Software Updates: The Latest from the Astropy Project

If producing new results in astronomy research is like constructing a house, different pieces of software used in the process are like the builder’s tools. One of the most fundamental of these tools, a screwdriver of the astronomy world, just got a major update.

The Python Era

Over the past 30 years, the common workflows used to analyze and present scientific findings in astronomy have evolved. While Fortran was the most common programming language discussed in peer-reviewed astronomy publications in the 1990s, IDL overtook this long-leading language to become the dominant method in the early 2000s. Most recently, this top position was usurped again just prior to 2016 when Python became the most-mentioned language. Since its reign began, Python’s popularity has only grown, and now it is regularly used in over 1,000 publications per year.

A plot showing the number of times a given programming language mentioned in refereed astronomy articles per year between 1990 and present. Five languages are shown, and Python has been the most popular since 2016.

A plot illustrating the trends in usage of various programming languages in refereed astronomical literature over time. [The Astropy Collaboration et al.]

One driver for this ascendence in popularity is the ease of creating, modifying, and tweaking major software libraries. In 2013, a loose network of collaborators unveiled one of these libraries that aimed to handle many routine tasks in astronomical research, like unit manipulation, coordinate transforms, and more. Called Astropy, it was quickly adopted by the community, and as of this writing its release publication is the fifth most cited refereed astronomy article from the last decade

In the intervening years, the Astropy Collaboration and the software it maintains have both grown in scope. Astropy now underpins an “ecosystem” of other more specialized astronomy packages, and many new features have been added to the original core. In August of this year, a team of over 100 Collaboration members published the third article in the Astropy series which details their latest efforts and announces the newest major release of Astropy, version 5.0.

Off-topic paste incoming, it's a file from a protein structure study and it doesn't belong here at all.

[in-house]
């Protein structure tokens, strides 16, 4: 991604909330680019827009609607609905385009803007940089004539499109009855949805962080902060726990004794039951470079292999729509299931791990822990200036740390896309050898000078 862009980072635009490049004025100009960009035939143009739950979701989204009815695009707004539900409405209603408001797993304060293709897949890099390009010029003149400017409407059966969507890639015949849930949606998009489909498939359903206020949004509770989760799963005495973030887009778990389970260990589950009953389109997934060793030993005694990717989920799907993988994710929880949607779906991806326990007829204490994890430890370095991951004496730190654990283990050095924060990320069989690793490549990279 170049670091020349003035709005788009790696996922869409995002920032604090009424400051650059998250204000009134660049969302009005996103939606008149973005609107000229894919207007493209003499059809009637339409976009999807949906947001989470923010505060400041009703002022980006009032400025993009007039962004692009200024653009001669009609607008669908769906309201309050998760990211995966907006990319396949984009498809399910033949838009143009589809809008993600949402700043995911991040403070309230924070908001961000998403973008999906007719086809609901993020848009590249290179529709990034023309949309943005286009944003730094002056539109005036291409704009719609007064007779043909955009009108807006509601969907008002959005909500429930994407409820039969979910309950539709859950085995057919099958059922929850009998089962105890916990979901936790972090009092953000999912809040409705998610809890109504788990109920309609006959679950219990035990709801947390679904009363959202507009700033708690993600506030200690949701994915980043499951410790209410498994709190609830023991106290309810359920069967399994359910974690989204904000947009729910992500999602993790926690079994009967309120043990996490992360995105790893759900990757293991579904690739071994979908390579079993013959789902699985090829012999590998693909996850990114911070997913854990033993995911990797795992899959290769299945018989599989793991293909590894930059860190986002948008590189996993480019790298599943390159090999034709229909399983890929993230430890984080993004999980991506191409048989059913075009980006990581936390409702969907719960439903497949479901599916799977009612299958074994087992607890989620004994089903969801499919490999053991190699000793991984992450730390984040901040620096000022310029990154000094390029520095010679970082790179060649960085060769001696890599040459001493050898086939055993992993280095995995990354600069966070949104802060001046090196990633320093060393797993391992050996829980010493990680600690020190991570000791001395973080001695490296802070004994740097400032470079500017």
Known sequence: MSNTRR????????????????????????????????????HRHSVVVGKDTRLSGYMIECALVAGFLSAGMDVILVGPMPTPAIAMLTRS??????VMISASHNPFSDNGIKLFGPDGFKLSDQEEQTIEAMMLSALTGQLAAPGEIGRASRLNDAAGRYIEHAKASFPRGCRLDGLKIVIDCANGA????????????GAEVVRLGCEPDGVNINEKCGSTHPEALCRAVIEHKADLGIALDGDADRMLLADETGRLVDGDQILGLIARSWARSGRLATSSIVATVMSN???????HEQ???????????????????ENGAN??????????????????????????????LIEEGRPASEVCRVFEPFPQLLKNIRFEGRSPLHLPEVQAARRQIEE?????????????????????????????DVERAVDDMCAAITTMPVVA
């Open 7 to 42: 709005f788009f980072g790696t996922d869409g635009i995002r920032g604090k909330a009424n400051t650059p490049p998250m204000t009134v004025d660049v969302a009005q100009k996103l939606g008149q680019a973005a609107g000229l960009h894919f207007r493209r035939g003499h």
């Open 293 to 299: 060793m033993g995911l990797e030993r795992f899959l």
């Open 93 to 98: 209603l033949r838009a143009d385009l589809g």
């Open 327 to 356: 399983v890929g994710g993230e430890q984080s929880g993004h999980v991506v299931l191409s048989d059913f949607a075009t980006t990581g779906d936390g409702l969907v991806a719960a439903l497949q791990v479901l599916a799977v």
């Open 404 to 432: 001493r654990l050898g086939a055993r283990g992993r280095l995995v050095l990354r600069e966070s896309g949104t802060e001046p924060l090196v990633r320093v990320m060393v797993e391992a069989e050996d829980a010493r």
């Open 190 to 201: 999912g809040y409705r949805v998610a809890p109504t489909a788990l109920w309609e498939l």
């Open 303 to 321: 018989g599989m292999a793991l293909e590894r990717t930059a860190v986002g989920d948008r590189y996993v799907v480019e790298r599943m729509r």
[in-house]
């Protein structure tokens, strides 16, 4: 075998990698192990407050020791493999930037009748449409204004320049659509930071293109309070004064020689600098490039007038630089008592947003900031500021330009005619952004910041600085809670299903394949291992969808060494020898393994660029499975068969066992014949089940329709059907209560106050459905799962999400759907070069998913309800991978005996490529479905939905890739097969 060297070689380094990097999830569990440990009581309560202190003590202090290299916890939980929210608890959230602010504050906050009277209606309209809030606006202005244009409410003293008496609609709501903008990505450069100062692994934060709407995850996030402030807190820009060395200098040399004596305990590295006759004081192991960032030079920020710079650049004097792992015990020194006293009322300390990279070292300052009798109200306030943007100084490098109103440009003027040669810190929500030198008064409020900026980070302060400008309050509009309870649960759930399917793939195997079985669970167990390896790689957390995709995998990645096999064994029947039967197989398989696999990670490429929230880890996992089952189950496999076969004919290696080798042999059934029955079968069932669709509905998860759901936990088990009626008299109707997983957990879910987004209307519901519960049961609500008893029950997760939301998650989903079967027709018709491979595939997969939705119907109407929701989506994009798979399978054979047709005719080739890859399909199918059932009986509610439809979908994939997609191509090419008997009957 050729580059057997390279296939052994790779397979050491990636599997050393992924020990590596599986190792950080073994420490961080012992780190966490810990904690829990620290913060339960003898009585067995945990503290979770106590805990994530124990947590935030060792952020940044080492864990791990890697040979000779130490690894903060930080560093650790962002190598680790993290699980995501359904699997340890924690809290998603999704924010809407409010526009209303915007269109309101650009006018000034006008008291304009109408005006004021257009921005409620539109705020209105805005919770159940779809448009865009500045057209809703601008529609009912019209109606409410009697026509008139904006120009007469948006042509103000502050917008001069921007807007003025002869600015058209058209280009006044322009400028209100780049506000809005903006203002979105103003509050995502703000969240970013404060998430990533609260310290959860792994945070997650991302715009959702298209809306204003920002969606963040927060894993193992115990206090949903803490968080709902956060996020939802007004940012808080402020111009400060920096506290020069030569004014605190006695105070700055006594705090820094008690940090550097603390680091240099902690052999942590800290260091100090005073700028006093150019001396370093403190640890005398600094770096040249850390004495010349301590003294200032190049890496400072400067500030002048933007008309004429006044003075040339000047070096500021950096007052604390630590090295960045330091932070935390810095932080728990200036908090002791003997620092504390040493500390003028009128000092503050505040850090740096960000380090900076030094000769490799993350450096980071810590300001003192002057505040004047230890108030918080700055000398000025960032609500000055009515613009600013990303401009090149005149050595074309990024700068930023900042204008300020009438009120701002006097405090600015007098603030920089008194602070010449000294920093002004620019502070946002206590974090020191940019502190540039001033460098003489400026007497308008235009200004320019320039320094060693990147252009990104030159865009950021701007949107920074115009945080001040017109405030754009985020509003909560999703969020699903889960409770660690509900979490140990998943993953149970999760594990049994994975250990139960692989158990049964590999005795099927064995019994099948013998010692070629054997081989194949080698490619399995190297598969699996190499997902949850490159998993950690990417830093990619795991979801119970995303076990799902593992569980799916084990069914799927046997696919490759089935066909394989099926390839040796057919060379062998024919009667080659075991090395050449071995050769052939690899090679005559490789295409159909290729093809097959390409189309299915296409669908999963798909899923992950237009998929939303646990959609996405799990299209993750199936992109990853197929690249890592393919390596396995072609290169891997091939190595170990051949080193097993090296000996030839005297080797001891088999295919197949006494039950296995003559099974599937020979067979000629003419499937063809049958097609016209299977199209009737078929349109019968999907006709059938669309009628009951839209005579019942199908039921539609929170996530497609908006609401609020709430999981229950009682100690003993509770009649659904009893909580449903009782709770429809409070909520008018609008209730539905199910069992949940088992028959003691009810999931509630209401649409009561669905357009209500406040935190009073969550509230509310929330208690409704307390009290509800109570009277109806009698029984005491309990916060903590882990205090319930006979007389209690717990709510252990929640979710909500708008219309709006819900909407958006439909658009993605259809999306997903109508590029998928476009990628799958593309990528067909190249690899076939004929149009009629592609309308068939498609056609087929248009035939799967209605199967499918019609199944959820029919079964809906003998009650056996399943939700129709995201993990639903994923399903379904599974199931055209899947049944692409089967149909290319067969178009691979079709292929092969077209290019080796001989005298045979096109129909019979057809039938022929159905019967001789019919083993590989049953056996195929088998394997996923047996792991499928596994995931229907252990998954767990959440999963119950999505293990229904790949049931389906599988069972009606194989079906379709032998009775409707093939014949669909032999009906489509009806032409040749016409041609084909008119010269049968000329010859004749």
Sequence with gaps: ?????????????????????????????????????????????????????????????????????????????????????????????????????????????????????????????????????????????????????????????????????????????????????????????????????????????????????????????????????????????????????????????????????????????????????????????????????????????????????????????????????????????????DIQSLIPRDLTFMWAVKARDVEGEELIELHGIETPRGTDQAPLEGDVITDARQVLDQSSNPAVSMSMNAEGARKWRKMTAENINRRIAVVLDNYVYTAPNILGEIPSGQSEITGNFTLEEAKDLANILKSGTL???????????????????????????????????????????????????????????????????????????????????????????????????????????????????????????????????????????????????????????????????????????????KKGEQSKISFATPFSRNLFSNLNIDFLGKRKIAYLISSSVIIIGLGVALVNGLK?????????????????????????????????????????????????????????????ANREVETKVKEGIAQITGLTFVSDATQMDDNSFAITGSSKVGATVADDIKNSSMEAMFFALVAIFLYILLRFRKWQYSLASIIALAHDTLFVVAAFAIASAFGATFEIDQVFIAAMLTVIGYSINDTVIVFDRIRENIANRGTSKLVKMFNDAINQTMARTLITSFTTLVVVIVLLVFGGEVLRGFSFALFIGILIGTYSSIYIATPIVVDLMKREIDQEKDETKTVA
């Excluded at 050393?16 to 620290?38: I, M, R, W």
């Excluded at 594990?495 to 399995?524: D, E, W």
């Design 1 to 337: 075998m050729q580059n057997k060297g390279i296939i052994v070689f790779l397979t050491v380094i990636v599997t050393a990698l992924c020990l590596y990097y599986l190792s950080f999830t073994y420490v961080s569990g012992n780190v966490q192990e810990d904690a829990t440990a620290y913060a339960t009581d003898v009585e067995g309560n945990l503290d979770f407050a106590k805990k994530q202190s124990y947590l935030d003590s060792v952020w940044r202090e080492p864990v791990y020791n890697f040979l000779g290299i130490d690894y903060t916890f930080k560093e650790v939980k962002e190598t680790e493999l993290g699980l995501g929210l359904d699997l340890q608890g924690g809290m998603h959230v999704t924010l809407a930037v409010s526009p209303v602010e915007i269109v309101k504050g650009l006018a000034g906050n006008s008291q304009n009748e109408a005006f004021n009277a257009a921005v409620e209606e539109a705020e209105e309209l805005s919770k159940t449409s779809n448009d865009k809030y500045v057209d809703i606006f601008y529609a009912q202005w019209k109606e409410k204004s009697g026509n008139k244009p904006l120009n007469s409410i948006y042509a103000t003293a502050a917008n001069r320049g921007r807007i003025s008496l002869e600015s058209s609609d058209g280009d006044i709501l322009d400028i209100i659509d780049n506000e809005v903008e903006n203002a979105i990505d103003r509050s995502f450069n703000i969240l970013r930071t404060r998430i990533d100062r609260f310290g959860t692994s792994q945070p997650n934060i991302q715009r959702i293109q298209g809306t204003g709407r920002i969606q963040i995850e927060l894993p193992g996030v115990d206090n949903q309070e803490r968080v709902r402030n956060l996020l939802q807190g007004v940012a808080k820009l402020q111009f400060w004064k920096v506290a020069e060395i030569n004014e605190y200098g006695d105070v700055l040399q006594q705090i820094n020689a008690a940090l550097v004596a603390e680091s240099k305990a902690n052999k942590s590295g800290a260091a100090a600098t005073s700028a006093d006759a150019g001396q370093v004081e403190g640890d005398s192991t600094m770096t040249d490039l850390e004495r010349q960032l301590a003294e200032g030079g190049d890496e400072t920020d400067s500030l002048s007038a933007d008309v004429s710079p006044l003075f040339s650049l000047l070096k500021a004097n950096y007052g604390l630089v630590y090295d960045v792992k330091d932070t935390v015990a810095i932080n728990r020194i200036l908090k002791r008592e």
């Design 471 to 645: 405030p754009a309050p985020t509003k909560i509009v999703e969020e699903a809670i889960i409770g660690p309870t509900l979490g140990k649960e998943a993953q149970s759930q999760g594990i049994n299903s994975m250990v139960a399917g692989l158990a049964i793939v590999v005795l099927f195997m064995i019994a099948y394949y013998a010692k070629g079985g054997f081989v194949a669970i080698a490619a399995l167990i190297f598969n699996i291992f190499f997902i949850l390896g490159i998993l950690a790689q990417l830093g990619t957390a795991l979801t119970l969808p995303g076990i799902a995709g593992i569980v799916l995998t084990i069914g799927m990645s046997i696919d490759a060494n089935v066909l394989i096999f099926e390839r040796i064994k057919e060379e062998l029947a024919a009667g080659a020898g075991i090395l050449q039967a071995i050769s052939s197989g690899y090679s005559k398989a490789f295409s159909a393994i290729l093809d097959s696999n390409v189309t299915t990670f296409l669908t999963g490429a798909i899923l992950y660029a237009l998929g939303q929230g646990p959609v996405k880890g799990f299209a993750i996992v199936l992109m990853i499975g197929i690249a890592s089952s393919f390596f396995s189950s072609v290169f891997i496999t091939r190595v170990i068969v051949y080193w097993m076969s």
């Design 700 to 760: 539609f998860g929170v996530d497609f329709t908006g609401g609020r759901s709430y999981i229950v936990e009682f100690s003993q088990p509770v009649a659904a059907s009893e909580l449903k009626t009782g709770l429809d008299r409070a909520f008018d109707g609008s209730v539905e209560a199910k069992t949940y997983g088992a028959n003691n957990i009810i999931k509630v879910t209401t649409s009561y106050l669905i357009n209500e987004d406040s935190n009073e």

New Features

According to the authors, the core Astropy package is designed to stay as broadly applicable to as many subfields of astronomy as possible. As such, most domain-specific updates live in one of more than 50 “affiliated” packages, some of which are maintained by the central Astropy Collaboration, others by independent groups. 

However, there were still several updates deemed useful for the entire community that made it into v5.0, including a new subpackage to handle uncertainties and invoke various statistical distributions, and a new subpackage for manipulating time series data directly within the Astropy environment. Other major additions are listed in Section 2 of the Collaboration’s article.

Collaboration Updates

Besides documenting the new feature additions, the authors also included an update on the governance and health of the Collaboration. Astropy is not maintained by one central institution, but rather by interested members of the community who interact via its GitHub repositories. Until recently, the over 1,500 contributors have worked together without a formal charter, but in fall 2021 the collaboration adopted a more explicit governance structure.

A two-panel plot showing the number of commits to the Astropy core package per month over time on top, and the number of unique Collaboration members submitting those commits on the bottom. Both curves are relatively flat between 2011 and present.

A plot illustrating the number of active collaborators and the number of their additions to the Astropy code base. [The Astropy Collaboration et al.]

Additionally, the Collaboration pursued and acquired several large grants for the first time in its history, both from private foundations and from NASA, which it intends to use to seed longer-term stability.

This useful experiment in open-source, collaborative research code continues to evolve, and further additions are rolled out regularly.


“The Astropy Project: Sustaining and Growing a Community-oriented Open-source Project and the Latest Major Release (v5.0) of the Core Package,” The Astropy Collaboration et al 2022 ApJ 935 167 doi:10.3847/1538-4357/ac7c74